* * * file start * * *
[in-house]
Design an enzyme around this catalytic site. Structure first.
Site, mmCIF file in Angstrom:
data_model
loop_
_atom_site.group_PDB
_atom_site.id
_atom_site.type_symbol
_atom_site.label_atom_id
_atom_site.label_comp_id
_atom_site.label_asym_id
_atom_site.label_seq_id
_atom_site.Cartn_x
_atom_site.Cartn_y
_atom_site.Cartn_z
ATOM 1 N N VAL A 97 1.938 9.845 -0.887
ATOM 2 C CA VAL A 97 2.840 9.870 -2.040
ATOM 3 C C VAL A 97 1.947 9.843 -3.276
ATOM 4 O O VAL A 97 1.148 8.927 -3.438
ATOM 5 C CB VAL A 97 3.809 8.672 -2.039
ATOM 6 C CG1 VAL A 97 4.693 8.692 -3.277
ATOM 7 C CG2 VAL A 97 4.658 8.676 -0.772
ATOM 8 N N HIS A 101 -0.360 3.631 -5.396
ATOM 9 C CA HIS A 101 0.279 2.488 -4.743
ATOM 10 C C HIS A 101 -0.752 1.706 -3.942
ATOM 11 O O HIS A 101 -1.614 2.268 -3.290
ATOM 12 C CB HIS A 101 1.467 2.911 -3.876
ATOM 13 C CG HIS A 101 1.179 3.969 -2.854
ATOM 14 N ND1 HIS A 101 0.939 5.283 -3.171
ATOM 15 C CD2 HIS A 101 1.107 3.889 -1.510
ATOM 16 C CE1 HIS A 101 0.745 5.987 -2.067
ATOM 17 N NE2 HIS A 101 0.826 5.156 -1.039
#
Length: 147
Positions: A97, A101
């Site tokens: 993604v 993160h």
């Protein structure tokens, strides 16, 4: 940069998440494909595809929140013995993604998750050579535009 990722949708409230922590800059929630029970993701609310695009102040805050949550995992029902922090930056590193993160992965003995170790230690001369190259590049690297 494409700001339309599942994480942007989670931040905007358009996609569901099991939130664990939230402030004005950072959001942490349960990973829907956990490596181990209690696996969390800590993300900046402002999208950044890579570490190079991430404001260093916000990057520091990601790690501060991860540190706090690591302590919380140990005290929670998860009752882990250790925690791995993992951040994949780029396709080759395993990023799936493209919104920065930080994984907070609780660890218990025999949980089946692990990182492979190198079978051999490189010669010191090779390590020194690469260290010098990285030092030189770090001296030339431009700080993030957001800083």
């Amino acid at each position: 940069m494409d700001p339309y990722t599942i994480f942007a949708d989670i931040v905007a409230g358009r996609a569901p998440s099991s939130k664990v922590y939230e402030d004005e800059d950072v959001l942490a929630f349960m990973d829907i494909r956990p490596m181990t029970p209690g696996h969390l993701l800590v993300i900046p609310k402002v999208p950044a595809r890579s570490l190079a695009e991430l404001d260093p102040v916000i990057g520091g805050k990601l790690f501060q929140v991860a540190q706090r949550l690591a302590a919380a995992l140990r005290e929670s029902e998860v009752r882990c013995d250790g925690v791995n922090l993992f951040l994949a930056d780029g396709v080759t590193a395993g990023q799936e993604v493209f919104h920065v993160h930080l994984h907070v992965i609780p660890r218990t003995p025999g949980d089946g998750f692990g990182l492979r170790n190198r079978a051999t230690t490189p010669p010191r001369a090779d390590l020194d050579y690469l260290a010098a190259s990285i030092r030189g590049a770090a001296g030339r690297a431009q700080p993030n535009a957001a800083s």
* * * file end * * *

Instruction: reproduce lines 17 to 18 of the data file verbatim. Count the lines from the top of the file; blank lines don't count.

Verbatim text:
ATOM 2 C CA VAL A 97 2.840 9.870 -2.040
ATOM 3 C C VAL A 97 1.947 9.843 -3.276